Originally Posted by edmorel View Post

beautifully

Alex Kabbaz once wrote/said something to the effect that the purpose of the cuffs is to "frame the hands." Ken's shirt is a most beautiful example of that I have seen anywhere.

- M
post #36 of 42
Strange the way things turn out. I have recommended Geneva to a lot people, most of whom have been happy. But one friend tried them and hated the shirts. Then he went to Anto and was deleriously happy. Frankly, I thought both sets of shirts looked fine.

Re: Geneva, remember they are basically a small factory. The bulk of their business is not individual customers but private label work for department stores, haberdashers and the like. Most of their orders are many shirts at a time. So, to make things truly out of their usual line is a PitA for them. I basically get the same style every time now so I am an easy customer. I did once ask them to order some cloth from S&G and they wouldn't, didn't want to open a new account when they already have access to so much cloth. One friend tried to get them to buy a special interlining just for his shirts and they wouldn't do that either.

On buttons, I don't know why hand-attached buttons would be important. I thought it was only necessary if you use those really thick buttons which, to my knowledge, they don't carry. Kabbaz hand attaches buttons as a matter of course because he uses really thick buttons that machines can't attach. Paris will do it for a substantial upcharge. Geneva I have never asked. FWIW, IMO Geneva's standard button is just fine. It's pure MOP and nicer (and thicker) than Paris' standard button (which is thin and breaks easily) though not so nice as Kabbaz's. Kabbaz told me years ago that the wholesale price for his buttons was like $2/per, so you can see how that adds up.
post #37 of 42
I find hand shanked buttons a little nicer to use.
post #38 of 42
Quote:
Originally Posted by poorsod View Post

I find hand shanked buttons a little nicer to use.
Me too, but Paris used to charge (IIRC) an extra $50 for the privilege. That's a lotta dough for a marginal improvement. Kabbaz does it as a matter of course but his shirts are now priced in the four figures.
post #39 of 42
Thread Starter 
Quote:
Originally Posted by Manton View Post

Re: Geneva, remember they are basically a small factory. The bulk of their business is not individual customers but private label work for department stores, haberdashers and the like. Most of their orders are many shirts at a time. So, to make things truly out of their usual line is a PitA for them. I basically get the same style every time now so I am an easy customer. I did once ask them to order some cloth from S&G and they wouldn't, didn't want to open a new account when they already have access to so much cloth. One friend tried to get them to buy a special interlining just for his shirts and they wouldn't do that either.

Same here. I am VERY aware of their constrains and almost never deviate from my developed dress and casual shirt formats. However, As I mentioned earlier I have always felt that going back to them with an order of 2-3 shirts is never enough. Honestly, I am never comfortable with ordering 5 shirts or more on subsequent orders. How many do you get at a time from them?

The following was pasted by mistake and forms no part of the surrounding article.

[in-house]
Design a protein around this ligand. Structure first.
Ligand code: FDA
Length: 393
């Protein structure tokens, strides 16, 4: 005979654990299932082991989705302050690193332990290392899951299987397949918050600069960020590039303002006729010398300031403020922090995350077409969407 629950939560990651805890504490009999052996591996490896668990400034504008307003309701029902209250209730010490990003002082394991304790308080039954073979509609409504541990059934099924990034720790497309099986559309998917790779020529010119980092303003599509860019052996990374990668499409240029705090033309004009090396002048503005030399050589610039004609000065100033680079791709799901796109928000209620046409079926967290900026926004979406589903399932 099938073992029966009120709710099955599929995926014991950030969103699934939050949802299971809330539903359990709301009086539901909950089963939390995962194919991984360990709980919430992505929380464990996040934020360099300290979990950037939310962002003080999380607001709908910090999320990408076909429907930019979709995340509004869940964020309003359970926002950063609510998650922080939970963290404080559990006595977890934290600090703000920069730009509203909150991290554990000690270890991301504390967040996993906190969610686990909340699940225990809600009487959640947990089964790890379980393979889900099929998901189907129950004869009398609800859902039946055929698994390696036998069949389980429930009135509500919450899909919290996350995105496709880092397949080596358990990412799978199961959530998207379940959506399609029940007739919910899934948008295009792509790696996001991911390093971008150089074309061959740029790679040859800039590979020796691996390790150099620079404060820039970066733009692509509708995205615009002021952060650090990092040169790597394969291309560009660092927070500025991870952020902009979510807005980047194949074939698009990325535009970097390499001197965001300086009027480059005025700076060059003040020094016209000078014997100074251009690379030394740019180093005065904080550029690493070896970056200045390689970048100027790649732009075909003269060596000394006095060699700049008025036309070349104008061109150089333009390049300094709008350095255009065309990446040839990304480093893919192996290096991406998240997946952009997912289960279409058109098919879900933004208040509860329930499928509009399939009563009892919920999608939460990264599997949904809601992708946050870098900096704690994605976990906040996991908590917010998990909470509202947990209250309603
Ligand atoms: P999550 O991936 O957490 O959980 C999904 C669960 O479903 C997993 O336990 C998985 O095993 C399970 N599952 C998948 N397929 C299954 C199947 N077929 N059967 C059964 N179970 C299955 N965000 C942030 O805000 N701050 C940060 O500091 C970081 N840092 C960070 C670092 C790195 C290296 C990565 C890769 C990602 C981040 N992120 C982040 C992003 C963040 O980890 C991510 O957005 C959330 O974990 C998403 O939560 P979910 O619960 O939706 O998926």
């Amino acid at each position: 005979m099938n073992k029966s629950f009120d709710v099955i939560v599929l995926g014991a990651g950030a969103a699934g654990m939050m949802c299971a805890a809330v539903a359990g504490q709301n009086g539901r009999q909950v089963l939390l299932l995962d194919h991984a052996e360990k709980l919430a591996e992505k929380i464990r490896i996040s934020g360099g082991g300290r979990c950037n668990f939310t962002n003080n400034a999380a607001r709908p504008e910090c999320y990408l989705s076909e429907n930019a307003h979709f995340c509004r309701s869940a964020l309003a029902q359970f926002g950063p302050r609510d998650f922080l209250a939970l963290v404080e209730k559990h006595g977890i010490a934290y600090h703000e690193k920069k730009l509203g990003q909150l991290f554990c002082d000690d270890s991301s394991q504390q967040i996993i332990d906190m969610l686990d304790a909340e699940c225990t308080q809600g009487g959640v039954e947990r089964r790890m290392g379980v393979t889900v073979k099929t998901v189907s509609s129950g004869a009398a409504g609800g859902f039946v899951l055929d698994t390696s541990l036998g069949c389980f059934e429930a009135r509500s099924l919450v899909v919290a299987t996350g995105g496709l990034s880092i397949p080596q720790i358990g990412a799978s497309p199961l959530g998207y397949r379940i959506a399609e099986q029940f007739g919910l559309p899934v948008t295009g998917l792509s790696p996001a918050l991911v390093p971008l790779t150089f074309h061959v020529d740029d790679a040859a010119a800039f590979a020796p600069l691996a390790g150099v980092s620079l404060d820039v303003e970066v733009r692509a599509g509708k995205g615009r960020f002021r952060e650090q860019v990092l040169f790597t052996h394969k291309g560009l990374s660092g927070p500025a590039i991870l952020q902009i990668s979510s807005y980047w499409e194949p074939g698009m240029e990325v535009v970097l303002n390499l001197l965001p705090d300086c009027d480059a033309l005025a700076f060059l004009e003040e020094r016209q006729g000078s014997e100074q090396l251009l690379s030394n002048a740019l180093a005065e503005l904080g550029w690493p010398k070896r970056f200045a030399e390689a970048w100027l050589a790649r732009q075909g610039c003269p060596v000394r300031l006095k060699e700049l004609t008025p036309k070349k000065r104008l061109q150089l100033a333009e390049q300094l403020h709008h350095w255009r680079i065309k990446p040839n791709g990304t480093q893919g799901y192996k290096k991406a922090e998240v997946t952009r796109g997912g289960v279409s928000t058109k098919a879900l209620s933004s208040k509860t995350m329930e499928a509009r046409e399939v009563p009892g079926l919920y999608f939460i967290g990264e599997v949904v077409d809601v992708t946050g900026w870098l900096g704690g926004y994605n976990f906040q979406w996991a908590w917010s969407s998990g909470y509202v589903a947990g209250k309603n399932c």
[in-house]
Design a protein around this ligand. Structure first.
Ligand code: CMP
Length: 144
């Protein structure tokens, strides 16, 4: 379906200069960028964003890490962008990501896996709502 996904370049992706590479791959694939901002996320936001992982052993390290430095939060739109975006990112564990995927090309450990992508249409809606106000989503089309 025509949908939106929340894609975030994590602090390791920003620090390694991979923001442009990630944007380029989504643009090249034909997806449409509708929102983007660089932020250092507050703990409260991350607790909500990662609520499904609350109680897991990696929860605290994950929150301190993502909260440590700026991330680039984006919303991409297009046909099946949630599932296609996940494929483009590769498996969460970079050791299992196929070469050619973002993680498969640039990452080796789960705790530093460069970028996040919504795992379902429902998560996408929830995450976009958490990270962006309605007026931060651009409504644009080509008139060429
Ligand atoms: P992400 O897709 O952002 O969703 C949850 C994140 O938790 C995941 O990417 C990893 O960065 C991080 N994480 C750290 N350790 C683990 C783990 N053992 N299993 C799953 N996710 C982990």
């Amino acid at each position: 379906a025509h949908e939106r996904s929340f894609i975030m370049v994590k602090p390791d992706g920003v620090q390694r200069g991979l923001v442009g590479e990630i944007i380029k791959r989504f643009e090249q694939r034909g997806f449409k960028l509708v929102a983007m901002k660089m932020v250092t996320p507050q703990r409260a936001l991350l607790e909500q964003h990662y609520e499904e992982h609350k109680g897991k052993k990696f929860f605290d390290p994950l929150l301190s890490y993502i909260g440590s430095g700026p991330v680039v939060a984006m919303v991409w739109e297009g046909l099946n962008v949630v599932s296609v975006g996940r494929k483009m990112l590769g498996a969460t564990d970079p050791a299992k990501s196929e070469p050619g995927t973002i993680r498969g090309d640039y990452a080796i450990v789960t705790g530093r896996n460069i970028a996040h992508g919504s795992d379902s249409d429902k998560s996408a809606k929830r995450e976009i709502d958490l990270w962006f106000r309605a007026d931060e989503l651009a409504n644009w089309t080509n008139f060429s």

Quote:
Originally Posted by Manton View Post

On buttons, I don't know why hand-attached buttons would be important.
Yup same here. Never really cared for them and likely never will. As long as stitching is neat and no loose trimmings I am fine with it. especially at Geneva prices.
post #40 of 42
Tutee, for what it's worth, I've never had that experience with Ascot Chang. I visited their Beijing store once, actually, and one of the younger assistants kept fetching me tea as I selected fabrics. I think I even took five minutes trying to decide between two different shades of blue, and they never made me feel rushed. In fact, I think they brought out a mirror for me so that I could see how the color looked next to my face.

I'll admit, however, that every once in a while, I'll find a loose thread on the underside of a French placket. For some reason, I find this to be somewhat common on all custom shirts, but I haven't gone to makers such as Kabbaz. Still, it doesn't bother me and hasn't affected the wearing or durability of my shirts.

My orders are typically between six and nine shirts at a time.
post #41 of 42
T, my typical order is four at a time though I have done less once or twice, and more a few times as well.
post #42 of 42
I just spotted this thread, and sorry for missing it so many months ago if you're still considering your options.

As mentioned above, I'm very happy with Anto, and they are a friendly, down-to-earth bunch to deal with. They will work with you off the beaten path, and I get the feeling that they're one of those custom makers who enjoy doing things that aren't in the norm, not that your tastes would let you get too crazy. Tony Gaziano is another example of that.

They produce for many Hollywood movies, and if you want to see their shirt fits, just look at any number of TV shows or movies listed on their website: http://www.antoshirt.com.

A good representation of their style is what Scott Caan wears on Hawaii Five-0 on CBS. Their collar is recognizable from a mile away. Well not really, but it is very distinctive when you're up-close.